Peterson is equally clear with other issues such as the heritability of intelligence and the importance of IQ. Just what IQ means and why some people score better than others in IQ tests are issues that have long been fought over within academia. Again, Peterson is brutal in using facts to batter his opponents.

Away from his specialisms in psychology, he is equally ferocious and knowledgeable. His list of what he sees as the most important books to be read shows his strong sense of history and the darker side of politics. His first undergraduate degree was in political science. Perhaps that is an odd start to the academic career of a psychologist, but it might help explain how he can so clearly see the threat and destructive power of post-modernist ideas and make the connections that many more innocent scientists might miss.

On most issues, he can show real skill as a debater or communicator, picking out quirky facts or ideas that grab your attention and lodge in your head. In the C4 clash, Cathy Newman made a real error in attempting to mock Peterson for using the example of lobsters to make an argument about the innateness of social hierarchies and how they are not just the creation of a wicked capitalist system. Newman seemed to think this was good ammunition – surely you can’t compare people to lobsters. But the attack left Peterson unbothered. He not only easily won the point (although there are reputable scientists who disagree with his analysis) – but his argument will stick in viewers’ minds long after they have forgotten Newman’s sneering.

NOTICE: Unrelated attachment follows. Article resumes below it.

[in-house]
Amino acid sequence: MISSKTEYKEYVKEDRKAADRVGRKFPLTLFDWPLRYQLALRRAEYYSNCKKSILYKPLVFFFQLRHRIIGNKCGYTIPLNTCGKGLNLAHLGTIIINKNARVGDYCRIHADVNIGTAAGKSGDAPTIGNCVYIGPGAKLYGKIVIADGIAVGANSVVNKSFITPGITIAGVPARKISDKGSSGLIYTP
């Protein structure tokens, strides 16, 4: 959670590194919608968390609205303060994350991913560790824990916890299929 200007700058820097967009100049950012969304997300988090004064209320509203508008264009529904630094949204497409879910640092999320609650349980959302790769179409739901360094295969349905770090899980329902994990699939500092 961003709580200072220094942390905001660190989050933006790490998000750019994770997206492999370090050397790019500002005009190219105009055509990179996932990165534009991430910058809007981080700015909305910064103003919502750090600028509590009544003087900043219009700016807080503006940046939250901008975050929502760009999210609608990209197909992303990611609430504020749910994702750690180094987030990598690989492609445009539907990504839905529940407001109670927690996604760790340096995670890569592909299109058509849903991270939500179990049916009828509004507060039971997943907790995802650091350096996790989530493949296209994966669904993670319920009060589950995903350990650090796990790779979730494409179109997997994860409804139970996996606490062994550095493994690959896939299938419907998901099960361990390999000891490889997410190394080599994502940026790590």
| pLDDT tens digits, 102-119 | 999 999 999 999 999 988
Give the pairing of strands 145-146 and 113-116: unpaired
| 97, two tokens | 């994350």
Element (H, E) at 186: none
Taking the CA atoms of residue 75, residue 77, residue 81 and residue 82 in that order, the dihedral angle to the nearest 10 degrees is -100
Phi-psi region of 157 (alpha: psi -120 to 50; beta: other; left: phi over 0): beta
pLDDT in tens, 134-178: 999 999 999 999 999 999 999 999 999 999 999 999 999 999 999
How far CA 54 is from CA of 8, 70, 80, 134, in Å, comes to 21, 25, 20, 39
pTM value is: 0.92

Peterson makes tremendous use of social media. His Facebook page links to a wealth of well-chosen and intriguing material and he delights in linking to items that are critical of him, showing no fear of his enemies. On YouTube, he is clear, engaging and enjoyably combative. Rare glimpses of hesitancy and awkwardness only add to his appeal.

His YouTube channel now has nearly 300 videos, quite apart from the myriad clips uploaded by fans. His range is immense: from the personal problems that make up much of modern life, to the myths and foundational stories of our civilisation, via the battles to defend freedom against the evils of totalitarianism. You don’t have to agree with everything Peterson says to enjoy this great reservoir of work, and spare evenings can easily be lost surfing his content.

As Peterson’s status as a modern guru grows around the world, we should remember that heroes can sometimes end up as disappointments. Ideas matter more than people. Nevertheless, his ability as a communicator, particularly to younger people, makes him a tremendous asset to the cause of opposing Marxism and post-modernism in all their manifestations. You might not share all of his views, some of his arguments might be flawed, but it is rare to find a champion with such appeal and articulacy, unbothered by bien-pensant conformity. Someone who rouses such anger and contempt among Marxists must surely be a good thing. We should plug him as hard as we can.